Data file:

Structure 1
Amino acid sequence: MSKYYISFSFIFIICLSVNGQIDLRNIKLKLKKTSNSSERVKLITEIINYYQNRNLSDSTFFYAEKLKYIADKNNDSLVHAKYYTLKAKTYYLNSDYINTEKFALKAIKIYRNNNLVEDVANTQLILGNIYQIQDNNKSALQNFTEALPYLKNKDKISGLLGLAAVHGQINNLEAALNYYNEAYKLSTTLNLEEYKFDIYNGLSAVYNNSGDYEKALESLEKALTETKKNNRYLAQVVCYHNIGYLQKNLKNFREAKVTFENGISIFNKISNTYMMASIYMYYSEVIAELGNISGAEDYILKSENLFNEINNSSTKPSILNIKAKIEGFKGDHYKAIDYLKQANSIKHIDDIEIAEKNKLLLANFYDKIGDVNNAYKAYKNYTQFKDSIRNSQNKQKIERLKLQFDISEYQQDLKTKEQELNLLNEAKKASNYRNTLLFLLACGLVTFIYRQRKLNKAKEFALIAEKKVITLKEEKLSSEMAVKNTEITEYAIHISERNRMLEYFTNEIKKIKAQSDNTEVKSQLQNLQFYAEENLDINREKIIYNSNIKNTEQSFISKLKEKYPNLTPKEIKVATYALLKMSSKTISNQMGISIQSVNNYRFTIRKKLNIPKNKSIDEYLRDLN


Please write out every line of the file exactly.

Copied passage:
Structure 1
Amino acid sequence: MSKYYISFSFIFIICLSVNGQIDLRNIKLKLKKTSNSSERVKLITEIINYYQNRNLSDSTFFYAEKLKYIADKNNDSLVHAKYYTLKAKTYYLNSDYINTEKFALKAIKIYRNNNLVEDVANTQLILGNIYQIQDNNKSALQNFTEALPYLKNKDKISGLLGLAAVHGQINNLEAALNYYNEAYKLSTTLNLEEYKFDIYNGLSAVYNNSGDYEKALESLEKALTETKKNNRYLAQVVCYHNIGYLQKNLKNFREAKVTFENGISIFNKISNTYMMASIYMYYSEVIAELGNISGAEDYILKSENLFNEINNSSTKPSILNIKAKIEGFKGDHYKAIDYLKQANSIKHIDDIEIAEKNKLLLANFYDKIGDVNNAYKAYKNYTQFKDSIRNSQNKQKIERLKLQFDISEYQQDLKTKEQELNLLNEAKKASNYRNTLLFLLACGLVTFIYRQRKLNKAKEFALIAEKKVITLKEEKLSSEMAVKNTEITEYAIHISERNRMLEYFTNEIKKIKAQSDNTEVKSQLQNLQFYAEENLDINREKIIYNSNIKNTEQSFISKLKEKYPNLTPKEIKVATYALLKMSSKTISNQMGISIQSVNNYRFTIRKKLNIPKNKSIDEYLRDLN